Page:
Do-It-Yourself: Seeing Neon Blue

A deck-level blue light increases visibility at anchor.

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China-made blue light with a 12-volt plug

There are simply too many white lights in and around a municipal anchorage. A required white anchor light must have 360-degree visibility. But a white light at the tip of a mast can get lost in the stars or a background of city lights, making it a poor marker for a sailboat 60 feet below. Also, a light in the sky is not in the normal plane of view of other small vessels maneuvering in an anchorage. An additional white light on a stern arch is a better marker, but it also can become camouflaged by city lights onshore and will be obscured, by a small degree, by the mast. But Inland and International Rules state in part no other lights shall be exhibited, except such lights as cannot be mistaken for the lights specified in the Rules, which makes the growing use of LED flashing blue or white lights and non-flashing red, green, and pink lights illegal to use as anchor or on-deck lights. Such lights are easily confused for lighted buoys, channel markers, lighthouses, or police boats.

An anchored boatowner who takes his safety and sleep seriously may consider adding a fluorescent, non-flashing blue light just above deck level, perhaps suspending it from the boom or in the foretriangle.

Many versions are sold, but the one we use is the ubiquitous, China-made plastic tube of neon with a 12-volt cigarette lighter plug at the end. These draw 0.2 amps and can be purchased at automotive stores for around $10. There are a variety of lengths to choose from, but a 10-inch tube is plenty bright. The radiance may not light up an anchored sailboat like a cruise ship, but it certainly makes a sailboat a distinctive mark in a congested anchorage.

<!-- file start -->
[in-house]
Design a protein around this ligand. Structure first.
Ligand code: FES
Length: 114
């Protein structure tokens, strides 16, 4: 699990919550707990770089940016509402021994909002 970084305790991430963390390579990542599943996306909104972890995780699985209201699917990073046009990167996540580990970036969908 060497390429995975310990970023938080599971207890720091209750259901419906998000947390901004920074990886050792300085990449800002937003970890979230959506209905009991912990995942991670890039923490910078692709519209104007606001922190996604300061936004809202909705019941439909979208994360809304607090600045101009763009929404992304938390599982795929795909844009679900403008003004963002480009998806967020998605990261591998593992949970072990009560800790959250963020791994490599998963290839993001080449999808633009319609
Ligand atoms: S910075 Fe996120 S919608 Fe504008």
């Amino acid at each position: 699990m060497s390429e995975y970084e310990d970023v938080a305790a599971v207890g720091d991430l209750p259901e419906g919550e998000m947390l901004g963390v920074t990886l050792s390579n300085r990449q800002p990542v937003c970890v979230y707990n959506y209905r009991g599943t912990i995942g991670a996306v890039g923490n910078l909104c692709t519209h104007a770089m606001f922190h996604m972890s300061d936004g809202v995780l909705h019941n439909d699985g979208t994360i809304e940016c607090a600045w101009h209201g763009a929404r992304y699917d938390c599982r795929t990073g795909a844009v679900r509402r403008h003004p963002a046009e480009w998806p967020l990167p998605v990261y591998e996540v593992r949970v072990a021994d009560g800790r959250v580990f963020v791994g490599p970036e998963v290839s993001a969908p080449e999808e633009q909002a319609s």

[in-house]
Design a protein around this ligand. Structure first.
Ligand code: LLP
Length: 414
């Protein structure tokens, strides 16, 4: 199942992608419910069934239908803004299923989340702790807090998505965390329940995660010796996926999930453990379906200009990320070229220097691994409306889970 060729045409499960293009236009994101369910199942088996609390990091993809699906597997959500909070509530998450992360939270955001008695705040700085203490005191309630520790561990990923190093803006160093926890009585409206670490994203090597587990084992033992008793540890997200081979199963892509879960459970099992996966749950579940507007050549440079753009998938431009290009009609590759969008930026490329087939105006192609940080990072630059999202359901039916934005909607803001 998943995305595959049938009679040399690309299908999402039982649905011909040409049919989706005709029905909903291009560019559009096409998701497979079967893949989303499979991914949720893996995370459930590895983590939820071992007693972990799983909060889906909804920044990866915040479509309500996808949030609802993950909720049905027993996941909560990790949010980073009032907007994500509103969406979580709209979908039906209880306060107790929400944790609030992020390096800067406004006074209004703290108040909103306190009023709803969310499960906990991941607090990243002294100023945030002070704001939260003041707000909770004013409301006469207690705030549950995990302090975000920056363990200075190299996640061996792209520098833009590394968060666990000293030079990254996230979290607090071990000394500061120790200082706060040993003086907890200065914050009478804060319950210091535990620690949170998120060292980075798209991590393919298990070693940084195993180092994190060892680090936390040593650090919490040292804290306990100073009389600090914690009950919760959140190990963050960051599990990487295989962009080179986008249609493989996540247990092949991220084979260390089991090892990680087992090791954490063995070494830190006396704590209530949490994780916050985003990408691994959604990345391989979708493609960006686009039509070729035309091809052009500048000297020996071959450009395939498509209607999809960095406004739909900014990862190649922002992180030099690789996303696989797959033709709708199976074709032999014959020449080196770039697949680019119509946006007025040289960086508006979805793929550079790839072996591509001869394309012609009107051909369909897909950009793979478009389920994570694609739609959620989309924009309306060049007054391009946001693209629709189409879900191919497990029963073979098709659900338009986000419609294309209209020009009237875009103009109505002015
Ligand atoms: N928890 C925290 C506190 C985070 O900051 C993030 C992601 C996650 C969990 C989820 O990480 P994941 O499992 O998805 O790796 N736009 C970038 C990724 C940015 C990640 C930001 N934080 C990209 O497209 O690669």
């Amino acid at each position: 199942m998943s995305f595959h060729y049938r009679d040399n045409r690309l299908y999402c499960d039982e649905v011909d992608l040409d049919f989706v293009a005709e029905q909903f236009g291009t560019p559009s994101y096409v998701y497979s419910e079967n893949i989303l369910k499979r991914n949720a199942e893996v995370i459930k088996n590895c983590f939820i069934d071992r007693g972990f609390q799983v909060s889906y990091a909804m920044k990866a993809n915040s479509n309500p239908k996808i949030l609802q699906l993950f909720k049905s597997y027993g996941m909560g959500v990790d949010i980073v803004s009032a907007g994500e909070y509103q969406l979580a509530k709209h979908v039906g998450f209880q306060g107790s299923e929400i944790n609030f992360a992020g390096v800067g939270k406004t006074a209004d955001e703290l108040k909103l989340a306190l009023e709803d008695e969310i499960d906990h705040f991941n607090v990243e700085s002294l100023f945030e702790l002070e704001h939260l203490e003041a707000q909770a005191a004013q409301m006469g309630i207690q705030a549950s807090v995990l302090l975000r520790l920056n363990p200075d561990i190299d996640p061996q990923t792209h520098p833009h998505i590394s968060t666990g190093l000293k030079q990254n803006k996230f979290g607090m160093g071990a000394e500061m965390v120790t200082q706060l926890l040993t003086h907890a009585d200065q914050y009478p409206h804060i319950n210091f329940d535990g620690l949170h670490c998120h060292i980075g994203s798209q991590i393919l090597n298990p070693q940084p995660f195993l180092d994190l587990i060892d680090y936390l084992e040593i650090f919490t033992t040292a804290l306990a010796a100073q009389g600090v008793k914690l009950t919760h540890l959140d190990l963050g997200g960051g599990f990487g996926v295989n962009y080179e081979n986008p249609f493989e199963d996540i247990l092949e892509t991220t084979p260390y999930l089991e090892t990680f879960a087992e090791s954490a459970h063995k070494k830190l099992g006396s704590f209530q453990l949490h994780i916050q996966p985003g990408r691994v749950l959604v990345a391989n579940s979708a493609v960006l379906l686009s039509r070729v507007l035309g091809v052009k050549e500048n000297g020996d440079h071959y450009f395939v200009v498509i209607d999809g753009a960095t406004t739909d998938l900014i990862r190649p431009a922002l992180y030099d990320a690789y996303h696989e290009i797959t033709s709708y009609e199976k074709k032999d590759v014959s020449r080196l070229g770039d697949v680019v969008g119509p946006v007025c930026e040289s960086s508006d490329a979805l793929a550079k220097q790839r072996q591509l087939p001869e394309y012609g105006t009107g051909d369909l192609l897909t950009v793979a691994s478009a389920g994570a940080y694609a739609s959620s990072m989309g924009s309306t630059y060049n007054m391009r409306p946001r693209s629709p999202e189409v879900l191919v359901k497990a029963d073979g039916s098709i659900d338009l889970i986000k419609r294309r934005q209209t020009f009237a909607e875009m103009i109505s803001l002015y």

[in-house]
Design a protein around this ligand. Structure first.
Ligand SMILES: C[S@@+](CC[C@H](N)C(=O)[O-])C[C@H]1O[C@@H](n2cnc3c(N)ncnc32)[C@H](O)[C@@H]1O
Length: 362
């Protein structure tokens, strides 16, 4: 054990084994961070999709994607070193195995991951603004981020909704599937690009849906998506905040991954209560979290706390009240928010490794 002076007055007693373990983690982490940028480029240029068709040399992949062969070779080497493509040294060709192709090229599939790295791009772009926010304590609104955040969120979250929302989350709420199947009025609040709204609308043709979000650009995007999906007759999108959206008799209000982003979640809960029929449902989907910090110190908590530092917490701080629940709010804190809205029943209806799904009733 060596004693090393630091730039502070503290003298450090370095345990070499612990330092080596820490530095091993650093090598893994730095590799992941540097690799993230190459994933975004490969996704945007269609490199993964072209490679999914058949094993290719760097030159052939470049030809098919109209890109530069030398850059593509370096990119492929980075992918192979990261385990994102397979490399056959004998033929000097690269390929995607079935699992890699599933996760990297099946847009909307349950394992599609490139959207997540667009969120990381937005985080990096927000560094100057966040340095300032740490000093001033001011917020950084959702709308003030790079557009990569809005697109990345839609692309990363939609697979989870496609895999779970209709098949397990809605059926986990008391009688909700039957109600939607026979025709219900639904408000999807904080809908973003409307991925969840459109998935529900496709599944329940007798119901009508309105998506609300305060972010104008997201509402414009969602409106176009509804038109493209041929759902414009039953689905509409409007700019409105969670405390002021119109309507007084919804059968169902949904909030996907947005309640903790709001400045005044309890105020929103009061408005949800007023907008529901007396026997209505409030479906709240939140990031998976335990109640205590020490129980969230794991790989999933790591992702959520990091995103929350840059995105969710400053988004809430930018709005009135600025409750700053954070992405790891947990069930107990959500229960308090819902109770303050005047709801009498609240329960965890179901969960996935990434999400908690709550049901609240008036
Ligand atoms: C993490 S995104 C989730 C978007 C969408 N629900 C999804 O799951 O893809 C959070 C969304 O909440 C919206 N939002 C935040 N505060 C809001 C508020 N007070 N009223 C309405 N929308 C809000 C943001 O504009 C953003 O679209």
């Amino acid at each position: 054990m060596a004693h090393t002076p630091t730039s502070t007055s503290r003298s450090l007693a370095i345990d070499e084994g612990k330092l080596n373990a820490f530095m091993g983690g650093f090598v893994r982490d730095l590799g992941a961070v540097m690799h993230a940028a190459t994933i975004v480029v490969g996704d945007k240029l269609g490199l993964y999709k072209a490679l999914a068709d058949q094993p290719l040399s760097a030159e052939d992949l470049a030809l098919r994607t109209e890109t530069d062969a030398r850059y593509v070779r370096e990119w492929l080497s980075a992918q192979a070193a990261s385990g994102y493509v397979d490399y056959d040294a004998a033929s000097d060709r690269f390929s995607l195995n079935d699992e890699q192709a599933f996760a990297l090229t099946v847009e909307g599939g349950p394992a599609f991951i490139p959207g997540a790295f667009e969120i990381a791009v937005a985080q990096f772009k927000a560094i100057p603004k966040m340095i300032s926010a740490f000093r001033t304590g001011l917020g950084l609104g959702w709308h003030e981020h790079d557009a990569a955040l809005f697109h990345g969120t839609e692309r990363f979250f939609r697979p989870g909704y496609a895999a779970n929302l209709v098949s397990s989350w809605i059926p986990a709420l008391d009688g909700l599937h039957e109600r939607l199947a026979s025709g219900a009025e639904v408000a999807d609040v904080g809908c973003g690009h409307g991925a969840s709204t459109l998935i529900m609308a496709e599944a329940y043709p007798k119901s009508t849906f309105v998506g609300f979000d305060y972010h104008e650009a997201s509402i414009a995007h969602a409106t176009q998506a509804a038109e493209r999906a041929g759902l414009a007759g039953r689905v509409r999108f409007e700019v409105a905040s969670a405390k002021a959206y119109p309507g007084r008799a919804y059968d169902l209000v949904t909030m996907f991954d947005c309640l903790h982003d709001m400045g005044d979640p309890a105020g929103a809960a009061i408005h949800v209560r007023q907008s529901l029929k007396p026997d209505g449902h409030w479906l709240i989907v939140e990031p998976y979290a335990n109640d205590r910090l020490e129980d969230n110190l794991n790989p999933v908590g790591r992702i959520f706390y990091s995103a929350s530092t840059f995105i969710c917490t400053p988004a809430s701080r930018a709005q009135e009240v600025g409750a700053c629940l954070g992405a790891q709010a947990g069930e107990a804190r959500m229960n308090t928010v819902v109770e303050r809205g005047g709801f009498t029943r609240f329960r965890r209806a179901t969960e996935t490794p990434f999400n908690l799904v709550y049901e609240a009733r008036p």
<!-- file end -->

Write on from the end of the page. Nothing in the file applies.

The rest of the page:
Darrell Nicholson, editor of Practical Sailor, grew up boating on Miami’s Biscayne Bay on everything from prams to Morgan ketches. Two years out of Emory University, after a brief stint as a sportswriter, he set out from Miami aboard a 60-year-old wooden William Atkin ketch named Tosca. For 10 years, he and writer-photographer Theresa Gibbons explored the Caribbean, crossed the Pacific, and cruised Southeast Asia aboard Tosca, working along the way as journalists and documenting their adventures for various travel and sailing publications, including Cruising World, Sail, Sailing, Cruising Helmsman, and Sailing World. Upon his return to land life, Darrell became the associate editor, then senior editor at Cruising World magazine, where he worked for five years. Before taking on the editor’s position at Practical Sailor, Darrell was the editor of Offshore magazine, a boating-lifestyle magazine serving the New England area. Darrell has won multiple awards from Boating Writer’s International, including the Monk Farnham award for editorial excellence. He holds a U.S. Coast Guard 100-ton Master license and has worked as a harbor pilot and skippered a variety of commercial charter boats.

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